"It was definitely a surprise," Tait says about reaction to the film. "When a movie comes out that big -- 8 million people saw it in three weeks -- it would take us 20 years to play to that many people. And millions more have seen it since then. Before that I would get stopped a lot in airports and malls. Now I get stopped all the time. It's cool because it's a point of connection with humans and I love it."
That connection stretches across political affiliations, although Tait isn't much for politics: "I try to avoid those conversations. I often say that people put so much faith in our government and our leaders, but our faith has to be in God and God alone."
From the stage each night, Tait combines President Barack Obama's "Yes We Can" slogan with another one made popular by Donald Trump.
"I tell the audience, 'Yes, we can make America great again, if we put Jesus back into America again.' People go crazy. They love it. We have to answer to Jesus, not Trump or Obama."
While Tait is a Jam veteran, Rend Collective, the soulful outfit from Bangor, Northern Ireland, is making its first appearance on the tour.
Collective member Ali Gilkeson, wife of founder Gareth Gilkeson, also calls from Grand Rapids.
"What's amazing about your nation is the diversity," the 32-year-old says of touring America. "We feel very welcome here, which is so lovely. A lot of the people we talk to have Irish heritage, or they have family in Ireland, or their dog is from Ireland. We just love it."
Rend Collective was started by drummer Gareth Gilkeson as Rend Collective Experiment in 2002. Organic Family Hymnal, the band's debut, was released in 2010. Good News, the band's eighth album, came out a year ago.
Ali and Gareth, who have three children, got married the same year they recorded Organic Family Hymnal.
"We love recording albums and being creative, but I think in terms of America, the album that broke us here was Campfire," she says of the 2013 release that featured stripped down, acoustic-flavored versions of earlier songs.
Good News is an expansive record, with anthems perfect for arenas.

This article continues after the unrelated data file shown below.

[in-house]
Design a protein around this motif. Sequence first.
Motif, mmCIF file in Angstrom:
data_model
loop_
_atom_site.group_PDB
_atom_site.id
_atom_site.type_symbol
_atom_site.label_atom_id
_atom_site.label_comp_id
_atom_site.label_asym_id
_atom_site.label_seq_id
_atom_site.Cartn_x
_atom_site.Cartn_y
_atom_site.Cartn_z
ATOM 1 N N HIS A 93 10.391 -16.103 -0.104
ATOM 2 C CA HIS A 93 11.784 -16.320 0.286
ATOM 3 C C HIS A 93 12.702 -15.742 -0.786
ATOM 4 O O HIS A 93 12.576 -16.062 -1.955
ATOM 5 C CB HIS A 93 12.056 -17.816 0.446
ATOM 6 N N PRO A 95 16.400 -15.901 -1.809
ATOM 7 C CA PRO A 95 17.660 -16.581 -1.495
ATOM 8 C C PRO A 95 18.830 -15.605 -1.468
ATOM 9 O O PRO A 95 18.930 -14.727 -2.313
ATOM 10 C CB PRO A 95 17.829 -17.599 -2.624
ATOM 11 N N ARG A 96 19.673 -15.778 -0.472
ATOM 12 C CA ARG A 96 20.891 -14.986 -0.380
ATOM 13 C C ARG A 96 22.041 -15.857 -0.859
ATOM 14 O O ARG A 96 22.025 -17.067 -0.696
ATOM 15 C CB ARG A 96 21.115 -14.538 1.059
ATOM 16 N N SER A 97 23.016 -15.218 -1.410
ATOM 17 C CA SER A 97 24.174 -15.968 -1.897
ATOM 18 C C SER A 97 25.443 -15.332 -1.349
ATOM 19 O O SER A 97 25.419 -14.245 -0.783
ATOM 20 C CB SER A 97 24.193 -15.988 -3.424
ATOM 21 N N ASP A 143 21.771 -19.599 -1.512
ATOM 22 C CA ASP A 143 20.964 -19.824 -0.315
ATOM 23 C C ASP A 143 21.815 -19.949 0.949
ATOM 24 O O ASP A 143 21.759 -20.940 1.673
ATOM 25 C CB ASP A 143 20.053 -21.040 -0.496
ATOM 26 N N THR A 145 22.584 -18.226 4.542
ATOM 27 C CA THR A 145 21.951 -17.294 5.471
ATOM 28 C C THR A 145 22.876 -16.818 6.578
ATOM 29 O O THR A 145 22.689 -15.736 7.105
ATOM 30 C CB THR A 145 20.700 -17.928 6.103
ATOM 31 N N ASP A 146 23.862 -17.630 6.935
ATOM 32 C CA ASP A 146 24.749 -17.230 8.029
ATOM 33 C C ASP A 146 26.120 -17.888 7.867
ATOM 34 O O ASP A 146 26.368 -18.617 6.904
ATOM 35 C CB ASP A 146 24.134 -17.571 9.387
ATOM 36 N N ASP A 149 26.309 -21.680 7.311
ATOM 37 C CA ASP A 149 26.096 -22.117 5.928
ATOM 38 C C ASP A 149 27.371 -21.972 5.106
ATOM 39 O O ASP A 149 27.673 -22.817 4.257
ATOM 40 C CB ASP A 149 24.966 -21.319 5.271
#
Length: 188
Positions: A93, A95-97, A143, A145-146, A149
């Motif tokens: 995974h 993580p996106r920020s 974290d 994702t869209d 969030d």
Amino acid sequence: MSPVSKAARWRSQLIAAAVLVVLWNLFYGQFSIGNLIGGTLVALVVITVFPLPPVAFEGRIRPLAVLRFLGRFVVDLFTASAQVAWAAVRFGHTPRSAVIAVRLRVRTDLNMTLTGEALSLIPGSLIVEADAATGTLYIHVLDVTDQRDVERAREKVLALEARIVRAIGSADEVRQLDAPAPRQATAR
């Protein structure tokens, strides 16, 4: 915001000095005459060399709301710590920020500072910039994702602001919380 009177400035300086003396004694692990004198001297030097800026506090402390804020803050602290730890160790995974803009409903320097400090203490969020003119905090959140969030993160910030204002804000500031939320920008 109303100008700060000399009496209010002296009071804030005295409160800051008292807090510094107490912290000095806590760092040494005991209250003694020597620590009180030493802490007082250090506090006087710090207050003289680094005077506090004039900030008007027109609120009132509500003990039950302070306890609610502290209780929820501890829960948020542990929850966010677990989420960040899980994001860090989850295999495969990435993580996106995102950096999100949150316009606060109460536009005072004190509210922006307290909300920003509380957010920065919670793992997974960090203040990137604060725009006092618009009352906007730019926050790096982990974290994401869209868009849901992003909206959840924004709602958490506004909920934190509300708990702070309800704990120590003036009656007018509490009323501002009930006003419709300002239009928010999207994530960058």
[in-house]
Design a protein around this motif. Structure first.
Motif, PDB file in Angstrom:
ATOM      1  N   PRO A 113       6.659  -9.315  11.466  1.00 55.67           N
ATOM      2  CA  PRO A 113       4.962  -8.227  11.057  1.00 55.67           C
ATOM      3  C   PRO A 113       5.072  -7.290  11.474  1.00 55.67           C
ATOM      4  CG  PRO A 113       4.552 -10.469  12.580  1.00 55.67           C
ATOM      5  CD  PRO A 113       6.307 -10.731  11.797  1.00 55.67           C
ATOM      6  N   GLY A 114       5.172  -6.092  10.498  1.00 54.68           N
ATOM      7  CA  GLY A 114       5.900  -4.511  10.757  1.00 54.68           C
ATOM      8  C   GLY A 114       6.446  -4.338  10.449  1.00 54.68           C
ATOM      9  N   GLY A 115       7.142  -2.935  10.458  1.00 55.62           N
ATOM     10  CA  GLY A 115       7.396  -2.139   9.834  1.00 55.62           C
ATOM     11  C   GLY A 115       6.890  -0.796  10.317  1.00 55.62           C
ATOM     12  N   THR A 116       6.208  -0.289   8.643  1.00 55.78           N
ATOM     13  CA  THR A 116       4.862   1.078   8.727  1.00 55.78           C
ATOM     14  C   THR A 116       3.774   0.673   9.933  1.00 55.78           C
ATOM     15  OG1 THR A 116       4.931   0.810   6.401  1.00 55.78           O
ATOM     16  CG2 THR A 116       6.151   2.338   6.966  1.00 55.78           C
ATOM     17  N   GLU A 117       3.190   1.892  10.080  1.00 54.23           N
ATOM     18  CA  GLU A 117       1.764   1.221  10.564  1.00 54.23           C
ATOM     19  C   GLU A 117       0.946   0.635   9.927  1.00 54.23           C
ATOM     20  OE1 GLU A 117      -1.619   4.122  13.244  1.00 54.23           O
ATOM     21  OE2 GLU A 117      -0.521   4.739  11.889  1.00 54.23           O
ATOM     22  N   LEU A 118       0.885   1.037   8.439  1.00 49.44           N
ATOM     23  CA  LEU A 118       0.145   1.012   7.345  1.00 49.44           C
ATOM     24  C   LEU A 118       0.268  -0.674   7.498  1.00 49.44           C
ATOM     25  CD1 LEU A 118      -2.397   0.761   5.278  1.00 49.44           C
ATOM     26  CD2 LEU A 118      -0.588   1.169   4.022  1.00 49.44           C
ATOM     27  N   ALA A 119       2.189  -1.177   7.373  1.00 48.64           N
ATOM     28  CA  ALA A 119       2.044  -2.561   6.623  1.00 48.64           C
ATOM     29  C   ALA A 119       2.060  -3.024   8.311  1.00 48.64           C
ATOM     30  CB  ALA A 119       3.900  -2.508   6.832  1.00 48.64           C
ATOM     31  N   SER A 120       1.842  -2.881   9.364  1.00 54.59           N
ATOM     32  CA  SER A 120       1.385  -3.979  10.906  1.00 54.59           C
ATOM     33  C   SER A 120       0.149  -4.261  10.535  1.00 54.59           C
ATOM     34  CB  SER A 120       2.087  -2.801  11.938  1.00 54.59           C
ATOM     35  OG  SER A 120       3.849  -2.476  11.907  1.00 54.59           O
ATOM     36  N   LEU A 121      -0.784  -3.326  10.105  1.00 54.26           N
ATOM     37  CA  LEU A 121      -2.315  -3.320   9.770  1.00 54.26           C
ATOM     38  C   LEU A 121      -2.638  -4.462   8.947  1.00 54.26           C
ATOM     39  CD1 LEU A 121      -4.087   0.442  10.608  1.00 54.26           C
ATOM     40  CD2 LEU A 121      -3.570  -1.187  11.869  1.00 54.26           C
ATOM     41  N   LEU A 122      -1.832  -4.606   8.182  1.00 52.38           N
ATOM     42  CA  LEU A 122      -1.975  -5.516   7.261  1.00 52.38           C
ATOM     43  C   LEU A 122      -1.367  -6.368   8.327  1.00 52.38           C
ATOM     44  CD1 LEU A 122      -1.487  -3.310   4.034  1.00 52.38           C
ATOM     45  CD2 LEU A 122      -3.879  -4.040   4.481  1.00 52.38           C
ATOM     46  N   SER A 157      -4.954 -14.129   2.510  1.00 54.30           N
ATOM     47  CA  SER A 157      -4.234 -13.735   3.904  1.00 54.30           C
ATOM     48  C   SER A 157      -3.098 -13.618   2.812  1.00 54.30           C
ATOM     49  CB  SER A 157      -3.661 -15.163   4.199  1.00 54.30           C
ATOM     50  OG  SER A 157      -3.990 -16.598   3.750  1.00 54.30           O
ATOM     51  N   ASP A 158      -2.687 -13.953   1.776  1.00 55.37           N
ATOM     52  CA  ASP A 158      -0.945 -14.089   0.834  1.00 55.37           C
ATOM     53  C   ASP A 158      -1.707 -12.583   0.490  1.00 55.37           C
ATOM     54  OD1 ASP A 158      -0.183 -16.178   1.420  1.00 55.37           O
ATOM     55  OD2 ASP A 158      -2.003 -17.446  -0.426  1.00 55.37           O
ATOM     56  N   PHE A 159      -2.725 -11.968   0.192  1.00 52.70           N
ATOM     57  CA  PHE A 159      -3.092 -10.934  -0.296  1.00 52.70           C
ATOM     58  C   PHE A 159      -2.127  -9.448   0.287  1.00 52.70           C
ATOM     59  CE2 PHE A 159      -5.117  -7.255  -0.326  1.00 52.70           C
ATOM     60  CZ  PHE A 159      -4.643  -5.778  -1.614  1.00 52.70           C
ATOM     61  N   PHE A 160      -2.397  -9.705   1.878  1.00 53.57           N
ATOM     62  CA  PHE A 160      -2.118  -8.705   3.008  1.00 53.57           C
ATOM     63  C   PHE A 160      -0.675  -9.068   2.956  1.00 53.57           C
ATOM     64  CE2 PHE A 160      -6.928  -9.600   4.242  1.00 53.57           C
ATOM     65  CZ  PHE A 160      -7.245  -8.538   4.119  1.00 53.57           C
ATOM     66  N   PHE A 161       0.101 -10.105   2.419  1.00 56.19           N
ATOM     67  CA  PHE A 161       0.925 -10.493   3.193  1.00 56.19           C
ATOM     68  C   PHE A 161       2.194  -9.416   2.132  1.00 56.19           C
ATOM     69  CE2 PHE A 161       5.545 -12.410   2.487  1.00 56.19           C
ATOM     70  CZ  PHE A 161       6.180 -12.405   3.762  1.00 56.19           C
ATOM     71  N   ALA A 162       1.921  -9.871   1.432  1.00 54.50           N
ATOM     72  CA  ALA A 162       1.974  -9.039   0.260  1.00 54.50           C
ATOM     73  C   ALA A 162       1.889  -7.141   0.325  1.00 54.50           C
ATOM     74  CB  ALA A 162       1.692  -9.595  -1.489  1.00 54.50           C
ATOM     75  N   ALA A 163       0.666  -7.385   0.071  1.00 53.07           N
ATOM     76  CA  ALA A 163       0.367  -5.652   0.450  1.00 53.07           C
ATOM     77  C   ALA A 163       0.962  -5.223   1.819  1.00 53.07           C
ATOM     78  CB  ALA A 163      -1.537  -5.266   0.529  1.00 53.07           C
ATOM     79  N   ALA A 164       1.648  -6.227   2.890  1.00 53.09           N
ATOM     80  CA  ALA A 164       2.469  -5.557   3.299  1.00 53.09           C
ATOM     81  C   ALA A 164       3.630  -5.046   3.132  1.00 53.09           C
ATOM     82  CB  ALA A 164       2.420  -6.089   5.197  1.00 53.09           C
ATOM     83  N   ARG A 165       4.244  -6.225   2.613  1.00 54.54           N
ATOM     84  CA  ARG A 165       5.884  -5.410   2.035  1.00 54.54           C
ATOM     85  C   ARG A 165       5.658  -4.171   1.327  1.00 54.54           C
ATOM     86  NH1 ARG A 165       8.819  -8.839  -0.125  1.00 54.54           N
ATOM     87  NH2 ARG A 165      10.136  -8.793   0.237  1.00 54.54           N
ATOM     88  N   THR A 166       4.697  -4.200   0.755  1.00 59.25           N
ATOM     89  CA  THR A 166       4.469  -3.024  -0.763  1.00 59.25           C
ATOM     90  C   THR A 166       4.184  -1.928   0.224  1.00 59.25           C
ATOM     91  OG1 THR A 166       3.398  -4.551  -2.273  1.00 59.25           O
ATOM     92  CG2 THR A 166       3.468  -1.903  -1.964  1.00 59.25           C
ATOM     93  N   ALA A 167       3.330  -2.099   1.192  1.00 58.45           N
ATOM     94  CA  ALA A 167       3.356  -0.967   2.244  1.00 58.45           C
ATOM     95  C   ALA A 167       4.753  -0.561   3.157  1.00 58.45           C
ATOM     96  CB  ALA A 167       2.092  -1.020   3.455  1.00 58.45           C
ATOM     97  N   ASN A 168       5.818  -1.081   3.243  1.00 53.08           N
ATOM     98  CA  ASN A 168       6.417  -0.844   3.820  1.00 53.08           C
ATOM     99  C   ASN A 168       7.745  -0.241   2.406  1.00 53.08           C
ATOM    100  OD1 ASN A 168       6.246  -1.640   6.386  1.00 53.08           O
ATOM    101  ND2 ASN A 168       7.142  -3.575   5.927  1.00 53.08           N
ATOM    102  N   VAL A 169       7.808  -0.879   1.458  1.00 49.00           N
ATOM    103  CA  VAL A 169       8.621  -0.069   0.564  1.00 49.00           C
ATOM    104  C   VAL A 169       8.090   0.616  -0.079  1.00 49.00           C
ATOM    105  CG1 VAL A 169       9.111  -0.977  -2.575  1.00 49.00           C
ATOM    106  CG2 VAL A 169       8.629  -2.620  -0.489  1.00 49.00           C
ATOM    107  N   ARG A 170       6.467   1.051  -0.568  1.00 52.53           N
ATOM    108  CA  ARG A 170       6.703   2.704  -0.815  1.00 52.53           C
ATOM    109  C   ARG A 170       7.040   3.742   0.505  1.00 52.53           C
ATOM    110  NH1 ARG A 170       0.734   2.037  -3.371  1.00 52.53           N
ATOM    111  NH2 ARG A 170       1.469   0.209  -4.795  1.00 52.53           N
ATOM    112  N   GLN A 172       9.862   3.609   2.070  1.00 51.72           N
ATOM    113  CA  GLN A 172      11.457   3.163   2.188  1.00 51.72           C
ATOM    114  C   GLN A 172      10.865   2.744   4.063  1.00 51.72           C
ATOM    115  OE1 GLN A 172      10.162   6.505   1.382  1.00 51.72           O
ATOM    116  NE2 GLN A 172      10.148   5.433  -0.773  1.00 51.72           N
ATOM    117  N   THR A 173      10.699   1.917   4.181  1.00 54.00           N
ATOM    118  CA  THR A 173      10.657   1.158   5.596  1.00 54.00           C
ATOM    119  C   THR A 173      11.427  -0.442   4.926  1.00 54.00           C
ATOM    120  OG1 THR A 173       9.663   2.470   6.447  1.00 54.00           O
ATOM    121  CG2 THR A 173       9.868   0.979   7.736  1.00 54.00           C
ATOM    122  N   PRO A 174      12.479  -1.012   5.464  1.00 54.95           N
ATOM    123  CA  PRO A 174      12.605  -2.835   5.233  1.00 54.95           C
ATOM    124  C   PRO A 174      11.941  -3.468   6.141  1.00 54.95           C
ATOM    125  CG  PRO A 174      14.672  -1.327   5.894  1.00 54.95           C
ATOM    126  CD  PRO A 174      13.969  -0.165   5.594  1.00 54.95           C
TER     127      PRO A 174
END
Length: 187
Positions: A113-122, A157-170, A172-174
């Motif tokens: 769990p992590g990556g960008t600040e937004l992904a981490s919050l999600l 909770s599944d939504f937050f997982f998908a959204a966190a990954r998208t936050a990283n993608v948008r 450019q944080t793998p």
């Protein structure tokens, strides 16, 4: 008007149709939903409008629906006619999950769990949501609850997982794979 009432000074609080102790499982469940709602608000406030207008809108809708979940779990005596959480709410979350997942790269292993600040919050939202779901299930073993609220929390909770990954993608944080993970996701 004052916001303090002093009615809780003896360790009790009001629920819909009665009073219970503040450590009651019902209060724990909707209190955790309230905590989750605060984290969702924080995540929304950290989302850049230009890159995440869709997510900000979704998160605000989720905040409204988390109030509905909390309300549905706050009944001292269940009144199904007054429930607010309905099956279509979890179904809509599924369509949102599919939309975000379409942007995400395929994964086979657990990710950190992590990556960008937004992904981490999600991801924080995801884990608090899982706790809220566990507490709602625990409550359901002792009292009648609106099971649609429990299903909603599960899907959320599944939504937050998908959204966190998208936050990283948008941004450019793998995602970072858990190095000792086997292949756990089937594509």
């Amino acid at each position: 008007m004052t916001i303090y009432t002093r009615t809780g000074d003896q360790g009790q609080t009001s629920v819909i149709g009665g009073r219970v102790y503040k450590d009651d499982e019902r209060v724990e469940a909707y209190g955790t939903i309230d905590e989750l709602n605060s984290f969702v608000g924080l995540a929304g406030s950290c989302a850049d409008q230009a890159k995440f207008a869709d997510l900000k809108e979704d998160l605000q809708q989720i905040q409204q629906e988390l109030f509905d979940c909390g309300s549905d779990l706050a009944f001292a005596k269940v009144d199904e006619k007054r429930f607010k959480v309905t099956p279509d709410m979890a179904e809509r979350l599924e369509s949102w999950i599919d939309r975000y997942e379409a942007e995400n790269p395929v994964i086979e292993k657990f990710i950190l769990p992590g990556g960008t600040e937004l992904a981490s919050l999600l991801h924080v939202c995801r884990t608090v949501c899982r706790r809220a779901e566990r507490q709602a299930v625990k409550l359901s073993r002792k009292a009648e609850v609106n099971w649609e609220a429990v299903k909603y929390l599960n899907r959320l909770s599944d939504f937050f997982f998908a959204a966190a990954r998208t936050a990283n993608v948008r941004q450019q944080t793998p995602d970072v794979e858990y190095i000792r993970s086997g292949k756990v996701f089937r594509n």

"We like to do a big release every two or three years," she says. "We love for that to be about everything we love about music, and every way you can express yourself and be creative and fun."
The band nourishes its two sides -- arena-ready jams, and campfire singalongs.
"We want to write songs for church," Gilkeson says. "Sometimes you hear a big-sounding album and it might be overwhelming to an everyday worship leader who might think, how can I do that in church? But you can play these songs with just an acoustic. You don't need all the razzmatazz."
In a nod to praise leaders looking for tunes to play, the band helpfully provides chords and lyrics to many of its songs at rendcollective.com.
Gilkeson, who plays keyboards, percussion and sings, grew up in Carrickfergus, Northern Ireland, and played piano.
She says she was more involved as a church youth leader than a praise band member: "I was busy doing other parts of church, but all the boys [in Rend Collective] played in praise bands and secular bands in clubs and pubs."
It was the idea of mixing secular and sacred sounds that really got Rend Collective going.
Gilkeson says, "What we were singing in the pubs on Saturday night was not relating at all to what was being sung on Sunday mornings, and we wanted to bridge that gap. What we sometimes say is that a Rend Collective concert is what you get in an Irish pub on Saturday night and at church on Sunday morning."
Style on 02/05/2019
Print Headline: Jamming for Jesus: Christian music’s Winter Jam Spectacular returns to Verizon Arena with Newboys United, more